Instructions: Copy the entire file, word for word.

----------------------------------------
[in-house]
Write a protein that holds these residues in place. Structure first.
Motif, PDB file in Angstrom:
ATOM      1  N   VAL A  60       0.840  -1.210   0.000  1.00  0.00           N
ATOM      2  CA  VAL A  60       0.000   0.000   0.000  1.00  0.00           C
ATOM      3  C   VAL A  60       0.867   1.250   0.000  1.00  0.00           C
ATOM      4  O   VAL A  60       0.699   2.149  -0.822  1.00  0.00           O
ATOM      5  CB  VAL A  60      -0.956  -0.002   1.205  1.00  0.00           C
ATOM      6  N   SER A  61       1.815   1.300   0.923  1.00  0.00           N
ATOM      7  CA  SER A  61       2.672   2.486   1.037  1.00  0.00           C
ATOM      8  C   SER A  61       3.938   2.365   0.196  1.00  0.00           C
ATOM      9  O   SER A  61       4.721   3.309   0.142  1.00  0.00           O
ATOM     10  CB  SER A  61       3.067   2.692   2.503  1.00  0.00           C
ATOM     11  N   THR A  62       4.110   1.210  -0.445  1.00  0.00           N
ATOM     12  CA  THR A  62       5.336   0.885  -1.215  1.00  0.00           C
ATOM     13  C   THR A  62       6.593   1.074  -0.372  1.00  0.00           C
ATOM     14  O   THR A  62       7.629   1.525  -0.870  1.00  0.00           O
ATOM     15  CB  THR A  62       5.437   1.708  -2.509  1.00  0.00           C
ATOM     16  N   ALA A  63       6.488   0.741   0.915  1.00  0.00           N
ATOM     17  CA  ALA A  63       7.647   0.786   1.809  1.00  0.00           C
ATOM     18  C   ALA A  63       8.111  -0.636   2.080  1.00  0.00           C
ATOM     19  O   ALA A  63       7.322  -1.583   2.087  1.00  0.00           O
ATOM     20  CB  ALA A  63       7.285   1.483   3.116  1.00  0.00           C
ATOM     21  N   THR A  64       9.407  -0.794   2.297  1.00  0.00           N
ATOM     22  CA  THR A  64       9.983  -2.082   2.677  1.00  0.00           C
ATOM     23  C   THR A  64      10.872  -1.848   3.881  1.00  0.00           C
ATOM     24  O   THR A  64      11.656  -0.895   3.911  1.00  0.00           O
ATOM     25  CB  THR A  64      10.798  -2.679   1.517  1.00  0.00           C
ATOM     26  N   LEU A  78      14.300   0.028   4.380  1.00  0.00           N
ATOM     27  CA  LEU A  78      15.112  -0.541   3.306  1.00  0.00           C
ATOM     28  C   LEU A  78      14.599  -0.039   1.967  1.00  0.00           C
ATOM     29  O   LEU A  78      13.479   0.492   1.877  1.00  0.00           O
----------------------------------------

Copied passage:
[in-house]
Write a protein that holds these residues in place. Structure first.
Motif, PDB file in Angstrom:
ATOM      1  N   VAL A  60       0.840  -1.210   0.000  1.00  0.00           N
ATOM      2  CA  VAL A  60       0.000   0.000   0.000  1.00  0.00           C
ATOM      3  C   VAL A  60       0.867   1.250   0.000  1.00  0.00           C
ATOM      4  O   VAL A  60       0.699   2.149  -0.822  1.00  0.00           O
ATOM      5  CB  VAL A  60      -0.956  -0.002   1.205  1.00  0.00           C
ATOM      6  N   SER A  61       1.815   1.300   0.923  1.00  0.00           N
ATOM      7  CA  SER A  61       2.672   2.486   1.037  1.00  0.00           C
ATOM      8  C   SER A  61       3.938   2.365   0.196  1.00  0.00           C
ATOM      9  O   SER A  61       4.721   3.309   0.142  1.00  0.00           O
ATOM     10  CB  SER A  61       3.067   2.692   2.503  1.00  0.00           C
ATOM     11  N   THR A  62       4.110   1.210  -0.445  1.00  0.00           N
ATOM     12  CA  THR A  62       5.336   0.885  -1.215  1.00  0.00           C
ATOM     13  C   THR A  62       6.593   1.074  -0.372  1.00  0.00           C
ATOM     14  O   THR A  62       7.629   1.525  -0.870  1.00  0.00           O
ATOM     15  CB  THR A  62       5.437   1.708  -2.509  1.00  0.00           C
ATOM     16  N   ALA A  63       6.488   0.741   0.915  1.00  0.00           N
ATOM     17  CA  ALA A  63       7.647   0.786   1.809  1.00  0.00           C
ATOM     18  C   ALA A  63       8.111  -0.636   2.080  1.00  0.00           C
ATOM     19  O   ALA A  63       7.322  -1.583   2.087  1.00  0.00           O
ATOM     20  CB  ALA A  63       7.285   1.483   3.116  1.00  0.00           C
ATOM     21  N   THR A  64       9.407  -0.794   2.297  1.00  0.00           N
ATOM     22  CA  THR A  64       9.983  -2.082   2.677  1.00  0.00           C
ATOM     23  C   THR A  64      10.872  -1.848   3.881  1.00  0.00           C
ATOM     24  O   THR A  64      11.656  -0.895   3.911  1.00  0.00           O
ATOM     25  CB  THR A  64      10.798  -2.679   1.517  1.00  0.00           C
ATOM     26  N   LEU A  78      14.300   0.028   4.380  1.00  0.00           N
ATOM     27  CA  LEU A  78      15.112  -0.541   3.306  1.00  0.00           C
ATOM     28  C   LEU A  78      14.599  -0.039   1.967  1.00  0.00           C
ATOM     29  O   LEU A  78      13.479   0.492   1.877  1.00  0.00           O